Published On: Sun, Aug 25th, 2019

James Watt: Glasgow University | UK | News

The institution will commemorate the Greenockian, whose work on the steam engine kickstarted the industrial revolution, exactly 200 years from his death on August 25, 1819. The new James Watt School of Engineering has been welcomed by Debbie Beales, of the university’s health, safety and wellbeing unit, who recently discovered her family tree goes back six generations to Watt. She said: “I had no idea of my family’s connection to James Watt until a cousin recently decided to research the Beales family tree and uncovered this link.

“While dad passed away a couple of years ago, my gran, Jean, is still alive and I know she is as proud as I am of the family’s link to a pioneering figure like Watt, and pleased to know that the School of Engineering is marking the 200th anniversary of his death with this renaming.

“It came as quite a shock but the more we thought about it, the more we realised that there were odd connections between generations – my dad worked as a shipwright, as Watt’s own father did, and, although my dad was camera-shy, he bore a resemblance to Watt.

“I’ve worked at the university for 15 years, and in a previous role I regularly visited the print unit in the James Watt South building, never realising I had a deeper connection to the man it was named after.”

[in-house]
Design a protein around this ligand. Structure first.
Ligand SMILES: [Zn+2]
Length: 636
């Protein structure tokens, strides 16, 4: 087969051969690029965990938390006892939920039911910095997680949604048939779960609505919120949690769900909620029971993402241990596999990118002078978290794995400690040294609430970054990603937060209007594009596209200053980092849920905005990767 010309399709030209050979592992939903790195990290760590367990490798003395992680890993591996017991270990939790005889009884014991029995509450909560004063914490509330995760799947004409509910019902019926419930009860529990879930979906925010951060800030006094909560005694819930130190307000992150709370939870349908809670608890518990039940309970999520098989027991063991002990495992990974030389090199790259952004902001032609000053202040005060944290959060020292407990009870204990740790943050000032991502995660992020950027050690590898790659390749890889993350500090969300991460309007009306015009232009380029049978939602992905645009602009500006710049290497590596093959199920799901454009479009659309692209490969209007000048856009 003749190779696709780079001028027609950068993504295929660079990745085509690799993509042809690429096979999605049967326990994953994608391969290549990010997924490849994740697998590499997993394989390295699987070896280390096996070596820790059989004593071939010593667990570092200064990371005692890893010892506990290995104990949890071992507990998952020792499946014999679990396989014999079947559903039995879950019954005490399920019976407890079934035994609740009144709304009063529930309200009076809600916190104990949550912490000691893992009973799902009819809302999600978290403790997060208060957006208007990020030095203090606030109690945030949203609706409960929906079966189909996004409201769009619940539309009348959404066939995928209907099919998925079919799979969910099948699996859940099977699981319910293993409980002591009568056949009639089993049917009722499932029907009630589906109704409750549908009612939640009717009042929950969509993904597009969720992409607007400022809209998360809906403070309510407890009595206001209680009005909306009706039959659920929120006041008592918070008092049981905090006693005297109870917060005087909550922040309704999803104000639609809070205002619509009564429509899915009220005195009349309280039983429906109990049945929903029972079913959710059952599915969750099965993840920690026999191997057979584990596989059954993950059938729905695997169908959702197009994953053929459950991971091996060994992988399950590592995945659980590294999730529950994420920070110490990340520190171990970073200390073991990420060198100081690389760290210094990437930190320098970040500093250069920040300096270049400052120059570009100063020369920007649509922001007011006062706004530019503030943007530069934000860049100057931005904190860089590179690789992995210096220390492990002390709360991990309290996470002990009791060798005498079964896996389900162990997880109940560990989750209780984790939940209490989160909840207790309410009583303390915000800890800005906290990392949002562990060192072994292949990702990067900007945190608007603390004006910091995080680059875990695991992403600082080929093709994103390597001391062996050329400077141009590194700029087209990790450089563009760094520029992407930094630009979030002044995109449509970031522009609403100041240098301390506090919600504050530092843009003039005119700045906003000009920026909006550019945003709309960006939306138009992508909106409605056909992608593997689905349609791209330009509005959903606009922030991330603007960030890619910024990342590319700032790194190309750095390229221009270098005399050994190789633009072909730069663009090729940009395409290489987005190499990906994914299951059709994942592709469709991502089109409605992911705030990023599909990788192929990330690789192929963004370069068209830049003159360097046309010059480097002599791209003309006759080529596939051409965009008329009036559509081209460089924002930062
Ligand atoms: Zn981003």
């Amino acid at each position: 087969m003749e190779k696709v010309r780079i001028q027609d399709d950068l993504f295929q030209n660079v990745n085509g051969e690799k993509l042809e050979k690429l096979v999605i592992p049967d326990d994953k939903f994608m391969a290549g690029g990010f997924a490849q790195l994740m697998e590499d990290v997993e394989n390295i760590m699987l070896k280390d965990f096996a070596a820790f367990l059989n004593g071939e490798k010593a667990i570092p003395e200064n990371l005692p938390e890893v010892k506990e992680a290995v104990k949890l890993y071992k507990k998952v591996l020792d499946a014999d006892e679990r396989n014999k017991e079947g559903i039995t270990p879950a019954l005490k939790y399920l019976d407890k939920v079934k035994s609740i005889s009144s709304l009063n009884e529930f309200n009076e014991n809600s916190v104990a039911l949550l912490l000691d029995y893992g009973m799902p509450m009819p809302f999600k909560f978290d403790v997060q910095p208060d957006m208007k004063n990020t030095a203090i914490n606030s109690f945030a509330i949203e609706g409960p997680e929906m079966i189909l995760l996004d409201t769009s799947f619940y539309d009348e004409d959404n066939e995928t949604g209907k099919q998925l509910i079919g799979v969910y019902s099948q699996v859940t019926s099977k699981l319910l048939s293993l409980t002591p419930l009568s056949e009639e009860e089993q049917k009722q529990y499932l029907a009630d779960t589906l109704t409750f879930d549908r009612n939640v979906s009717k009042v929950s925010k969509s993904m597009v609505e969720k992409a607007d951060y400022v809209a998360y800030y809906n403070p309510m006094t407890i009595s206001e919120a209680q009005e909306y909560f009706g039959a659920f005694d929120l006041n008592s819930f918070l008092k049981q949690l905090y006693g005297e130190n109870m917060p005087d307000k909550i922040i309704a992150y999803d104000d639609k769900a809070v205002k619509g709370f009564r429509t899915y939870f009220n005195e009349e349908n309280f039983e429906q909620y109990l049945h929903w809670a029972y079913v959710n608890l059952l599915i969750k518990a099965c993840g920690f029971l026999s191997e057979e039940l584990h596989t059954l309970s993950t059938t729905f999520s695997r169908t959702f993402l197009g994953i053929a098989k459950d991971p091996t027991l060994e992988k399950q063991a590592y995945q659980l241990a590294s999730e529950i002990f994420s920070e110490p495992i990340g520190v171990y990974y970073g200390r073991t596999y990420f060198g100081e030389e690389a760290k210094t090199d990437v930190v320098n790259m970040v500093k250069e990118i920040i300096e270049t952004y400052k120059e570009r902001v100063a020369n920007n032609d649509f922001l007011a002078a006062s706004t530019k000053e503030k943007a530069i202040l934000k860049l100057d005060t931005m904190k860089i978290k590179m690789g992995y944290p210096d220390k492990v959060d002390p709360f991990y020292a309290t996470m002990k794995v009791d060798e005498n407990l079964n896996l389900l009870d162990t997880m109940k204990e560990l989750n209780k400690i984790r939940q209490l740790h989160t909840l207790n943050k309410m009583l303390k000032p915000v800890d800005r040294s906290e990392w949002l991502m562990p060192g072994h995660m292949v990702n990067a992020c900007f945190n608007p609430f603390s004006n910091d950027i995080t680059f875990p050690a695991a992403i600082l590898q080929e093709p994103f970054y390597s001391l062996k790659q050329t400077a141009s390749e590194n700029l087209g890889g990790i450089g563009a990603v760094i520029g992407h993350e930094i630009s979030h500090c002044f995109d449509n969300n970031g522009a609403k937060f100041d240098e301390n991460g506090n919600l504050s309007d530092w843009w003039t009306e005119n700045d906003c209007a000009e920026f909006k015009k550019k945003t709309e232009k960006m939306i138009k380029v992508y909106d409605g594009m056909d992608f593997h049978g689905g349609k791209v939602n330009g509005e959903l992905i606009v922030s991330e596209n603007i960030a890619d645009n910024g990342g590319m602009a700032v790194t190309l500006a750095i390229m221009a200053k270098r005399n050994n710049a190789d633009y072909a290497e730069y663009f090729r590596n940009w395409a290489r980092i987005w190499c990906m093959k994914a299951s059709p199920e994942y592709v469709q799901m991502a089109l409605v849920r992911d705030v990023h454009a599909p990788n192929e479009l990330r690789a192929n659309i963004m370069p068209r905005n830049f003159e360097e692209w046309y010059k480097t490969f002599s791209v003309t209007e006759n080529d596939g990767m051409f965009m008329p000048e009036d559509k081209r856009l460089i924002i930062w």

Watt’s son, also called James, had a son named John in 1832. John’s son Alexander was born in 1851 and his son, also called Alexander, was born in 1890.

Alexander Watt had a daughter, Jean, who married Michael Beales and the couple had a son named Robert, Debbie’s father.

The tribute is the latest in a year-long celebration of the life and work of Watt, who was working as an instrument maker at the university when, in 1765, he made improvements to a Newcomen steam engine, adding a separate condenser to make it vastly more efficient. Professor David Cumming, head of the James Watt School of Engineering, said: “The importance of Watt’s contribution to the field of engineering can’t really be overstated, and we’re very proud to be associated with the improvements he made to the Newcomen steam engine.

“The world has come a long way in 200 years, and much of that distance was covered using technology derived from the principles he established. 

“While we’ve long had a building and two chairs in electrical and mechanical engineering named after Watt, it seemed fitting to mark the start of the third century of a post-Watt world with the renaming of the school, not least because we’ll eventually be moving to a state-of-the-art new facility on the site of the old Western Infirmary as part of the university’s billion-pound campus improvement programme.

“We were also delighted to discover that a living descendent of James Watt has been working alongside us for years, and we’re very happy that Debbie is as proud as we are of the university’s connection to Watt.”

Watt, who was born in Greenock in January 1736, had his moment of inspiration about how to improve the steam engine while taking a Sunday stroll across Glasgow Green in May 1765.

Within a few decades of his breakthrough, networks of factories and mines, linked by railways, were spreading across the country and the industrial age had begun.

Watt, who became a wealthy man thanks to his invention, died in Birmingham aged 83.

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